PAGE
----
Phenology and Journey North
have long been aware of seasonal changes in the natural world. Phenology
is the study of the seasonal timing of life cycle events such as
when certain animals migrate or hatch and when different plants
flower and leaf out. This timing is directly affected by day length,
temperature, and rainfall.
Journey North students closely observe the natural world and record
data, they notice and better understand patterns of seasonal change.
As they do this over many years, they can join scientists and other
citizens who look for clues about our changing climate and its impact
on living things.
to Collect Phenology Observations
each month, go outside as a class and record the changes you see.
Use the Phenology
Checklists below. Begin on the Fall
Equinox in September (or as close as you can). Go outside one
month later and see how things have changed. Journey North will
send a monthly e-mail reminder.
Watch what happens as sunlight decreases and temperatures drop in
the fall. Plants die or go dormant, so food is less available to animals. Some
migrate, some hibernate, and others rely on physical adaptations.
Each Phenology Checklist begins with sunlight and progresses up
the food chain — from sunlight to plants to animals.
SPRING: Watch how the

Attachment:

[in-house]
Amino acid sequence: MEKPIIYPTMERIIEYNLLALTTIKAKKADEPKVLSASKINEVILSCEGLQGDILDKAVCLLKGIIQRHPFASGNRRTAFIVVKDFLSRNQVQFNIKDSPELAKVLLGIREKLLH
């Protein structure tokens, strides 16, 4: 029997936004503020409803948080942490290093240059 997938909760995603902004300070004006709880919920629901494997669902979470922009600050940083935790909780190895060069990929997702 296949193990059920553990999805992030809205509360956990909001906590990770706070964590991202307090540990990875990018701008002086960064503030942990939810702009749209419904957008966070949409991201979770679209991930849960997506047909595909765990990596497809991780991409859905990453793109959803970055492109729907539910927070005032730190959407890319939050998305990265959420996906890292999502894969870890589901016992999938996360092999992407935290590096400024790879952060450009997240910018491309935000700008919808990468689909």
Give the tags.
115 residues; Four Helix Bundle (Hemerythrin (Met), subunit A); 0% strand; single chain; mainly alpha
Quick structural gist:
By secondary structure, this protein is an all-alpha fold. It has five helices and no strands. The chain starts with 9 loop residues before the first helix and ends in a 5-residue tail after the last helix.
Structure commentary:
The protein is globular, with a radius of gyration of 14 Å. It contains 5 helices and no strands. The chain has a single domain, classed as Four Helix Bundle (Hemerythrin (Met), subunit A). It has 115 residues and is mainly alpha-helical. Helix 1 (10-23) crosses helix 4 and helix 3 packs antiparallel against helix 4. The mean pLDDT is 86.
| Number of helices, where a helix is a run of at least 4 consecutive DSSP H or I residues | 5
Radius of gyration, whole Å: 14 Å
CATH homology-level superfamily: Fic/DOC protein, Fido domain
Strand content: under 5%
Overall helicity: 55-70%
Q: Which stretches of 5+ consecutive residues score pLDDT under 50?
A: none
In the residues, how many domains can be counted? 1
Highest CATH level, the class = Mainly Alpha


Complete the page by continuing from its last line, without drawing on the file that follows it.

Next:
food chain rebuilds in the spring as the season progresses. Energy
from the sun increases, temperatures rise, ice melts, and plant growth
begins. The animals that eat plants appear first, followed by their
predators — and so on up the food chain.
to Do with Your Data
some of your observations in our Fall
Nature Notes and see what others have shared. How do seasonal
changes vary from place to place? >>
a partner classroom and compare your phenology data!
seasonal timeline or display. Encourage other classrooms to help
track various seasonal events, and provide a complete picture
of spring or fall's journey through your hometown — and
across the hemisphere. >>
looking at Phenology Checklists:
What signs tell us that fall (or spring) is approaching?
(You may want to add these to the Journey North list, or
create your own.)
What sounds, smells, colors, and feelings accompany
the season — and from year to year (as you
compare phenology checklists):
Lesson Links: Exploring the Seasons